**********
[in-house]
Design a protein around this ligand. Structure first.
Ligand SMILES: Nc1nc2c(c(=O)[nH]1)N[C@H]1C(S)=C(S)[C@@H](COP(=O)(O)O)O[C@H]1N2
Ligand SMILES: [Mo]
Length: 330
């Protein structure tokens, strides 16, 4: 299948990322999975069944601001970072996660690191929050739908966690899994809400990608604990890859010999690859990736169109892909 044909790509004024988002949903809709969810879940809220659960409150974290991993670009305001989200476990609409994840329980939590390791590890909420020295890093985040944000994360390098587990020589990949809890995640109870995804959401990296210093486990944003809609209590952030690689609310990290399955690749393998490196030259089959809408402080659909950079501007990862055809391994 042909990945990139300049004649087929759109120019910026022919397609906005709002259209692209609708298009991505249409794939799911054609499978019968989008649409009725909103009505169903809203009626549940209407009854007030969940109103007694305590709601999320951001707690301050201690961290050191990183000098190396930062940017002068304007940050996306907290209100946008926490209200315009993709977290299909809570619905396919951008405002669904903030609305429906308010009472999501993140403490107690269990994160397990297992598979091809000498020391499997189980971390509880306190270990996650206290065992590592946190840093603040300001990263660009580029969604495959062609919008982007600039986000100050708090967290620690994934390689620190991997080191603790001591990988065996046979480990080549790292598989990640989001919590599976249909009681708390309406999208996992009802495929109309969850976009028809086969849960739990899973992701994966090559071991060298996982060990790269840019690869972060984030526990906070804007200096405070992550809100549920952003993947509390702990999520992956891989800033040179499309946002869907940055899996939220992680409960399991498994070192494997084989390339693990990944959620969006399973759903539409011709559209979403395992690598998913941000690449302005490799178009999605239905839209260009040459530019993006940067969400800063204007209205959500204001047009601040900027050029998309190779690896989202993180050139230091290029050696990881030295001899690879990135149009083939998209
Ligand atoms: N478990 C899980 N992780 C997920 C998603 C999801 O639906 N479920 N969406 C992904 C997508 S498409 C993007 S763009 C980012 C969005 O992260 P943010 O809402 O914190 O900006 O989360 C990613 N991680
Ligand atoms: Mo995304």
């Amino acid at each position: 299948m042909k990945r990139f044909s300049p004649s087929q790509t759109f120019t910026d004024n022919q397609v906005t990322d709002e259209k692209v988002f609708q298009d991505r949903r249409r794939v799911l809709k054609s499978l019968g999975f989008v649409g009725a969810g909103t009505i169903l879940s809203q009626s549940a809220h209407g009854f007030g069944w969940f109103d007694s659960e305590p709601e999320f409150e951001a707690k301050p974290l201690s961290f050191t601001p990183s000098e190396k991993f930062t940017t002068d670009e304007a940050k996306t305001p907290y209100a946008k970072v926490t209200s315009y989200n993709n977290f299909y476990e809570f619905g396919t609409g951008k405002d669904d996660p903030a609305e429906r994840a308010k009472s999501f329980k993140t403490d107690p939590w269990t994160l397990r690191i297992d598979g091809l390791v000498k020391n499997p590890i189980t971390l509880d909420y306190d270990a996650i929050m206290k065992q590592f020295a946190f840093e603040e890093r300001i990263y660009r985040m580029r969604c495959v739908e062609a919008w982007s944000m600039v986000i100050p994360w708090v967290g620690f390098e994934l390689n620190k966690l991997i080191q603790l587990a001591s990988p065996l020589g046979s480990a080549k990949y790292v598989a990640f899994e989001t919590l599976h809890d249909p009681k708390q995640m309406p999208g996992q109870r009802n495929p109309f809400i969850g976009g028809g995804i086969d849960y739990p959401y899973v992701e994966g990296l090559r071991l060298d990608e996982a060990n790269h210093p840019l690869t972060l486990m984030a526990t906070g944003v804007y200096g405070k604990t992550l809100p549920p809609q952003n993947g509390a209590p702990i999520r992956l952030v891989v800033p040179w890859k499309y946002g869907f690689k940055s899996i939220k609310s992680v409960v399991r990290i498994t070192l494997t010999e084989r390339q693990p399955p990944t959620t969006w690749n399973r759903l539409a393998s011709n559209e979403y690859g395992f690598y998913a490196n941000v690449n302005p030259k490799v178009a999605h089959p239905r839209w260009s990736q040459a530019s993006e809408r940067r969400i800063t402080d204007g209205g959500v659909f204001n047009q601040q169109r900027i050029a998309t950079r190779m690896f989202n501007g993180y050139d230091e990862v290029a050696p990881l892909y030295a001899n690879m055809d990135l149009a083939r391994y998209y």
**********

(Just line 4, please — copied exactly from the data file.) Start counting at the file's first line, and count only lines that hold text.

Ligand SMILES: [Mo]